Articles Posted in Primary Care Malpractice

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Generally, when plaintiffs file medical malpractice actions, they will include in their complaints any allegations of negligent acts committed by the defendants that ultimately led to their harm. While plaintiffs have the right to amend their pleadings during the course of litigation, the right is not limitless, and plaintiffs that do not act promptly may waive their right to pursue certain claims. The extent of the right to amend pleadings in a medical malpractice case was the topic of a recent New York opinion in which the court affirmed the dismissal of the plaintiff’s claims against a gastroenterologist. If you were hurt by a negligent physician, it is prudent to consult a capable Rochester medical malpractice lawyer to evaluate your options.

The Plaintiff’s Claims

It is reported that the plaintiff’s decedent suffered from hepatitis B, but his illness was dormant. He was diagnosed with cancer and was then referred to the defendant for management of his hepatitis B during his cancer treatment. The defendant prescribed an antiviral medication to suppress the disease, but the decedent’s hepatitis B was reactivated following his chemotherapy.

Allegedly, the defendant continued to treat the decedent, who eventually was diagnosed with kidney and liver failure. He died due to the failure of multiple organs. The plaintiff, who was the decedent’s wife, filed a medical malpractice lawsuit against the defendant. Approximately a year after the lawsuit was filed, the defendant filed a motion for summary judgment. The plaintiff then filed a motion for leave to amend the complaint and the bill of particulars. The court granted the defendant’s motion and denied the plaintiff’s, and the plaintiff appealed. Continue reading

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Typically, medical malpractice cases are filed in New York state courts. Even if a plaintiff files a matter in state court, however, the defendant may be able to remove it to federal court in certain instances. Usually, it is more beneficial for a defendant in a malpractice case to have the case disputes ruled on by federal courts, and therefore plaintiffs may seek grounds to remand their cases back to the courts where they were originally filed. As explained in a recent New York opinion, a federal court may only exercise jurisdiction over a medical malpractice case that does not involve federal law if there is complete diversity between the parties and the amount in controversy is met; otherwise, the case will be remanded to state court. If you were harmed by incompetent medical care, it is prudent to speak to a Rochester medical malpractice attorney to discuss your options.

Procedural History

Allegedly, the plaintiff’s decedent was a resident of a facility owned by the defendant. In May 2019, the decedent fell and suffered grave injuries that ultimately led to his death. The plaintiff then filed a lawsuit against the defendant asserting numerous claims, including violation of New York Public Health Law, medical negligence, and wrongful death. The defendant removed the matter from state court to federal court based on diversity jurisdiction. The defendant moved to dismiss the plaintiff’s claims arguing, in part that it was not a residential health care facility. The plaintiff then filed a motion to remand the matter back to state court.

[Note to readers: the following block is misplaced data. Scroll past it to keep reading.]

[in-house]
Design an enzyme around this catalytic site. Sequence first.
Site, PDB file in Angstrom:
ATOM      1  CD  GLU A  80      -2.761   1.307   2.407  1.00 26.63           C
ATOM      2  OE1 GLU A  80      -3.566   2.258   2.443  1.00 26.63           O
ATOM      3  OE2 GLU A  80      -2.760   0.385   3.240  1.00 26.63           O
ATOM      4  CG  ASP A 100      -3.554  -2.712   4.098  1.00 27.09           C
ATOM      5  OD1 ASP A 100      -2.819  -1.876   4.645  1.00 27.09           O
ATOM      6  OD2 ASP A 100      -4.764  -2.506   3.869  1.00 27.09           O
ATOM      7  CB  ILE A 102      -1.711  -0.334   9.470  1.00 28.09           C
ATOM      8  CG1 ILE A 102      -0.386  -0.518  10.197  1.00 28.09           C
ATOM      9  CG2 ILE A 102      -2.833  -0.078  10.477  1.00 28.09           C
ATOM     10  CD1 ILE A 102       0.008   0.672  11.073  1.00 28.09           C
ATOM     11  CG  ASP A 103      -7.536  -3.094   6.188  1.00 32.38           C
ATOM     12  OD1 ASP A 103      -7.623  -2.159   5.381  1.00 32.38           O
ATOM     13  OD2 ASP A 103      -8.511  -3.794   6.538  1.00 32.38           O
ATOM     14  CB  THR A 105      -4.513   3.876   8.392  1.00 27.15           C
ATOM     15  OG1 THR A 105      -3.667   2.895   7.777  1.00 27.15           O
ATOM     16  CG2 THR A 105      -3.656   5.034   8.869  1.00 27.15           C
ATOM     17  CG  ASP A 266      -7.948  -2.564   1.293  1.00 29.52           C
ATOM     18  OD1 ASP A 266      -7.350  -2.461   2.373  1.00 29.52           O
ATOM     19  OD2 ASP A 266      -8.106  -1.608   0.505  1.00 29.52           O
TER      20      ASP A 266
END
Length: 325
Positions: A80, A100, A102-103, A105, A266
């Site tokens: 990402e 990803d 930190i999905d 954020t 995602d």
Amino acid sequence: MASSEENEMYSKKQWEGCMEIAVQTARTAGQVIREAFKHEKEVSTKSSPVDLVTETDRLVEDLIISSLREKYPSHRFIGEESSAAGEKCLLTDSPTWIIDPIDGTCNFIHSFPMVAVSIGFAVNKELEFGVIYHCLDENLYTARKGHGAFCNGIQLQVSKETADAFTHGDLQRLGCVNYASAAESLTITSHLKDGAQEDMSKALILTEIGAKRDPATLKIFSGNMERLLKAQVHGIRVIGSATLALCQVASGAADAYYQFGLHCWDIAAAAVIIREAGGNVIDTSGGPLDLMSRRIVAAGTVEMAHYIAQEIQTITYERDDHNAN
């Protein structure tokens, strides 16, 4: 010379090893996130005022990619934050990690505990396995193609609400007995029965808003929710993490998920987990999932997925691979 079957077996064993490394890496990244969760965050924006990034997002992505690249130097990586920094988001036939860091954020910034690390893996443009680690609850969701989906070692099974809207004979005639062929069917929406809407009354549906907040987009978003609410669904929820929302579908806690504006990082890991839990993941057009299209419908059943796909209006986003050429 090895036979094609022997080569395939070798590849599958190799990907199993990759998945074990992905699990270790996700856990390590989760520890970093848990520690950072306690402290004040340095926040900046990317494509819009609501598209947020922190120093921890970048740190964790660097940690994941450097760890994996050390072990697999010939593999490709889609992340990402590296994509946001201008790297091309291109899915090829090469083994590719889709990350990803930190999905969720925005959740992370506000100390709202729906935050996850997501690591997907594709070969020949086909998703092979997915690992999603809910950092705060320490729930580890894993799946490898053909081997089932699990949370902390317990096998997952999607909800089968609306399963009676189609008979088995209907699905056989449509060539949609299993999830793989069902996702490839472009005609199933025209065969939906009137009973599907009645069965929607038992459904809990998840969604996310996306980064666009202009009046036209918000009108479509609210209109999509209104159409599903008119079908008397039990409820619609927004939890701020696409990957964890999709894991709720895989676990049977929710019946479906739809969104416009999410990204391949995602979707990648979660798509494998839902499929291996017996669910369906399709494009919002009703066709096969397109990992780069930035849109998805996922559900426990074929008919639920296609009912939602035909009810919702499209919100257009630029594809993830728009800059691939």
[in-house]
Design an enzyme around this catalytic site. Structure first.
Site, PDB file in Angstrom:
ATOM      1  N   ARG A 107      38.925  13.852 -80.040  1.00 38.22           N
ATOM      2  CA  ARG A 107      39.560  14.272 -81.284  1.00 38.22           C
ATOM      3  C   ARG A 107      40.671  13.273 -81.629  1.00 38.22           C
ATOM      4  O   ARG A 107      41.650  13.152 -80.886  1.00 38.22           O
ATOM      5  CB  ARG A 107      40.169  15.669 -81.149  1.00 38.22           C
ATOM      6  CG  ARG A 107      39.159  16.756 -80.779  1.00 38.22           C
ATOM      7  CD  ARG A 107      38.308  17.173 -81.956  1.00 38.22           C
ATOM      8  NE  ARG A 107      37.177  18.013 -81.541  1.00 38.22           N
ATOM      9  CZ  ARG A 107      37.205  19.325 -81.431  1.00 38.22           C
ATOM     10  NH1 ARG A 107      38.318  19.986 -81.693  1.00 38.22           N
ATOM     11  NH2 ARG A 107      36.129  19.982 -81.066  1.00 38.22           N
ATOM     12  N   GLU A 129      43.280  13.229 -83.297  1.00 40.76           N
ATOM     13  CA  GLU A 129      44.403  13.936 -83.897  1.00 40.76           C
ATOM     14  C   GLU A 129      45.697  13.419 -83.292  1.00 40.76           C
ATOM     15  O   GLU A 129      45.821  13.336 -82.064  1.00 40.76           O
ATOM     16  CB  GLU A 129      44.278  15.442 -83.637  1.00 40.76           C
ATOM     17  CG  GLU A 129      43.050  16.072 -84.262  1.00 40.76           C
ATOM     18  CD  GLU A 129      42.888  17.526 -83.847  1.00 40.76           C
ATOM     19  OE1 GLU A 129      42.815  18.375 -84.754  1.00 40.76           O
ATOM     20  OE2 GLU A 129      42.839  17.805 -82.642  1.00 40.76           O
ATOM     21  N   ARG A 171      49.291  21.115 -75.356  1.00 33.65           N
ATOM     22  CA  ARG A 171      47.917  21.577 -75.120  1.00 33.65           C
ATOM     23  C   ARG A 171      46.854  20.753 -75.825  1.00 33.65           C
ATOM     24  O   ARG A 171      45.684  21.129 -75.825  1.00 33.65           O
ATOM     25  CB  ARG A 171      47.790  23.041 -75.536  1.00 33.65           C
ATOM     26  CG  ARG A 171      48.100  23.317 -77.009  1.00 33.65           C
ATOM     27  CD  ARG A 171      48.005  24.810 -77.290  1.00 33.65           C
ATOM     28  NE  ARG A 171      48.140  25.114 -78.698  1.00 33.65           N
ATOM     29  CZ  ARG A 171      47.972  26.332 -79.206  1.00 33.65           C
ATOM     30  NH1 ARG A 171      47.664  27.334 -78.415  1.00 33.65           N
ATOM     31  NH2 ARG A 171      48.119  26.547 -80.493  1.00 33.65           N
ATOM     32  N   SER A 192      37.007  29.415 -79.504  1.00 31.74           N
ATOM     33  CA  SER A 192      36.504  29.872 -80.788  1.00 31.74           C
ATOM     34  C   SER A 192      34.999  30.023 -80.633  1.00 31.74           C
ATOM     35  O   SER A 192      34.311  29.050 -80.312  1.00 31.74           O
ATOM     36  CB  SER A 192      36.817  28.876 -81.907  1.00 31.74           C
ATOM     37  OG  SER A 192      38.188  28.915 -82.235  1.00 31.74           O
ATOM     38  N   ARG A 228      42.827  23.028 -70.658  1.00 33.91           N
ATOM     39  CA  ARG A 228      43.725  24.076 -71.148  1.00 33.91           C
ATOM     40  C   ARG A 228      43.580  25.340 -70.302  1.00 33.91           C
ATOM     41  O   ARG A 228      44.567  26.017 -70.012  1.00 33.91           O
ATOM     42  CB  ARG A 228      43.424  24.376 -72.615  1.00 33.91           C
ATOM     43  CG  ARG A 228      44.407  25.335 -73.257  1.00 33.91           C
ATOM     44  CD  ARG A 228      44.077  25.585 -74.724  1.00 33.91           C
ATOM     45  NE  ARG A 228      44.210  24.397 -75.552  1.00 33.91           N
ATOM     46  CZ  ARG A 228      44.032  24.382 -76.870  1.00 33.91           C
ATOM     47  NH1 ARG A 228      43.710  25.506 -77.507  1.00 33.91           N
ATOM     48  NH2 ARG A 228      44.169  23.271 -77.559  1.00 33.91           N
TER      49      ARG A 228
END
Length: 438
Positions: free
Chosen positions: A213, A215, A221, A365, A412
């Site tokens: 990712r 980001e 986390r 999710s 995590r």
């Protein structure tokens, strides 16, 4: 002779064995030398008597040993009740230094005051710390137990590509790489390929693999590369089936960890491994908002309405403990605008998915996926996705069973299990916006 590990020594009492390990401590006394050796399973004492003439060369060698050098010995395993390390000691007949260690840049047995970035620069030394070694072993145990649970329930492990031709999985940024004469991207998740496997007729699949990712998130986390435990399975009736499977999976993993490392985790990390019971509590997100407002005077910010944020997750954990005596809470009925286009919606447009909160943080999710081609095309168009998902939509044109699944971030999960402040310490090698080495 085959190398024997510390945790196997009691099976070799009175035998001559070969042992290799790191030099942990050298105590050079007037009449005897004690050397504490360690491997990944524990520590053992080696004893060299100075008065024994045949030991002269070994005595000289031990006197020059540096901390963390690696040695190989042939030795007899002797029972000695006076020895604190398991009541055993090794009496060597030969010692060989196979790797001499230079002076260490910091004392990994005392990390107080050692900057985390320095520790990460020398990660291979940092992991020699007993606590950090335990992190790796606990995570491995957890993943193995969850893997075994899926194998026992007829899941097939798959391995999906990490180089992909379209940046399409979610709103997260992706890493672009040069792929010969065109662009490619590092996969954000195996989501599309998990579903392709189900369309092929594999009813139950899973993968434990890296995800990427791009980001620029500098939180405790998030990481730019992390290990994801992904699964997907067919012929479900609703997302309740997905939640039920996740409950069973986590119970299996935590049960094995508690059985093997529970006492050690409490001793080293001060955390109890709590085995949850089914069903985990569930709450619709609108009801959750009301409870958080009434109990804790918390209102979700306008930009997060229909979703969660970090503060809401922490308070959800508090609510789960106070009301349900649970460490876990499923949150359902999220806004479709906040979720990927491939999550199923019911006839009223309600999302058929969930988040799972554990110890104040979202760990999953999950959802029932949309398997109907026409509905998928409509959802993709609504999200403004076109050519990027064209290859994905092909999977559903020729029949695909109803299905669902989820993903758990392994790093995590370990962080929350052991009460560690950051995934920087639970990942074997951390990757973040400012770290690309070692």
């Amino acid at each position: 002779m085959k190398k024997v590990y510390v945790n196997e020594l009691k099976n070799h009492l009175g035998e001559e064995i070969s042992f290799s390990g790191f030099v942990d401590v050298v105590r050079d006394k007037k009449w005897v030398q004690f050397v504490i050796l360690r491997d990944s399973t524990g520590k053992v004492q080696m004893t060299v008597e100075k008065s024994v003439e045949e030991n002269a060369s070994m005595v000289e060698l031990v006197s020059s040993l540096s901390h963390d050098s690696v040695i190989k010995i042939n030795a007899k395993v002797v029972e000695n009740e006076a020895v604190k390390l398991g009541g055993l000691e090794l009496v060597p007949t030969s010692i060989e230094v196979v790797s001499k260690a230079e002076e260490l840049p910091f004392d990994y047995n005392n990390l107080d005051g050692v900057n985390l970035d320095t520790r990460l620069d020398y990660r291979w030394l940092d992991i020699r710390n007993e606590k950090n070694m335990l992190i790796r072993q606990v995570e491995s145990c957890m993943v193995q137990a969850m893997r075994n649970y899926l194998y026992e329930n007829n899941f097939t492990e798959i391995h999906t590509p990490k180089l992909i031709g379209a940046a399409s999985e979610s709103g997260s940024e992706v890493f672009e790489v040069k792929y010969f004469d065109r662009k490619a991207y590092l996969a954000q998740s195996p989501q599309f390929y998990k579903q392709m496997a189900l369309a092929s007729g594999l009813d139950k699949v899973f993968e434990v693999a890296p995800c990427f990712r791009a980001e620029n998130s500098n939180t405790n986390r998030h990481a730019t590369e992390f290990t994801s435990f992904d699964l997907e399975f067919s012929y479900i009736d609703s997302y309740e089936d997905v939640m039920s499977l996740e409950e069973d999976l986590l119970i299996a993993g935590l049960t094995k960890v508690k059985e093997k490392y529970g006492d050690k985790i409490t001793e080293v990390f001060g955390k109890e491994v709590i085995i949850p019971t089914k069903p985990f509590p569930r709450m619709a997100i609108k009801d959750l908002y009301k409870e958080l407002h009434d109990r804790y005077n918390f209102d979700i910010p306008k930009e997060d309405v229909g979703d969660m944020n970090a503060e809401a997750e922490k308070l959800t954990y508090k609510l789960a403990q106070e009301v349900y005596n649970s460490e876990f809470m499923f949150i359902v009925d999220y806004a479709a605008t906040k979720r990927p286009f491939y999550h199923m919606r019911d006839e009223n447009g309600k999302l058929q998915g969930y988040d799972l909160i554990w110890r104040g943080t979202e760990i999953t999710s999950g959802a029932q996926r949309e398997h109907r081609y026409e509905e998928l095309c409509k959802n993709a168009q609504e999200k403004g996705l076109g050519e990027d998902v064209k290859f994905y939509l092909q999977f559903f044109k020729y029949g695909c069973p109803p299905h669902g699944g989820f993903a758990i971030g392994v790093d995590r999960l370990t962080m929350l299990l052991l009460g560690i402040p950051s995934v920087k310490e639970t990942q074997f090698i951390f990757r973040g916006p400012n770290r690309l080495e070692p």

Diversity Jurisdiction in Medical Malpractice Claims

Pursuant to 28 U.S.C. section 1367(c), the plaintiff asked the court to decline to exercise supplemental jurisdiction over the matter and to remand it back to state court. The court explained that the plaintiff’s reasoning was flawed, however. The court stated that while federal courts are permitted to remand cases if they have dismissed the claims over which they have original jurisdiction, federal courts have original jurisdiction over all state law matters if diversity jurisdiction exists. Thus, the court declined to remand the matter under section 1367(c). Continue reading

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In New York, medical malpractice cases are typically a battle of the experts. Thus, if a defendant establishes the right to judgment in its favor via expert testimony but the plaintiff is unable to demonstrate there is a need for a trial on disputed issues via the affidavit of an expert, the plaintiff’s claims may be dismissed. The qualifications of an expert were examined in a recent New York opinion, in which the plaintiff’s expert lacked the knowledge necessary to opine on disputed issues of fact, which ultimately resulted in the dismissal of the plaintiff’s malpractice claims against a primary care physician. If you were injured by the negligence of a doctor in a family practice, you should speak to a seasoned Rochester primary care malpractice attorney regarding your rights.

The Decedent’s Harm

It is reported that the plaintiff’s decedent was treated by the defendant primary care practice prior to his death. He suffered from numerous health concerns, including congestive heart failure, diabetes, and diabetes-related infections, myocardial infarction, renal disease, and cardiovascular disease. At some point during his treatment, he was required to undergo emergency dialysis, after which he suffered complications. He also fell numerous times and sustained leg wounds that would not heal.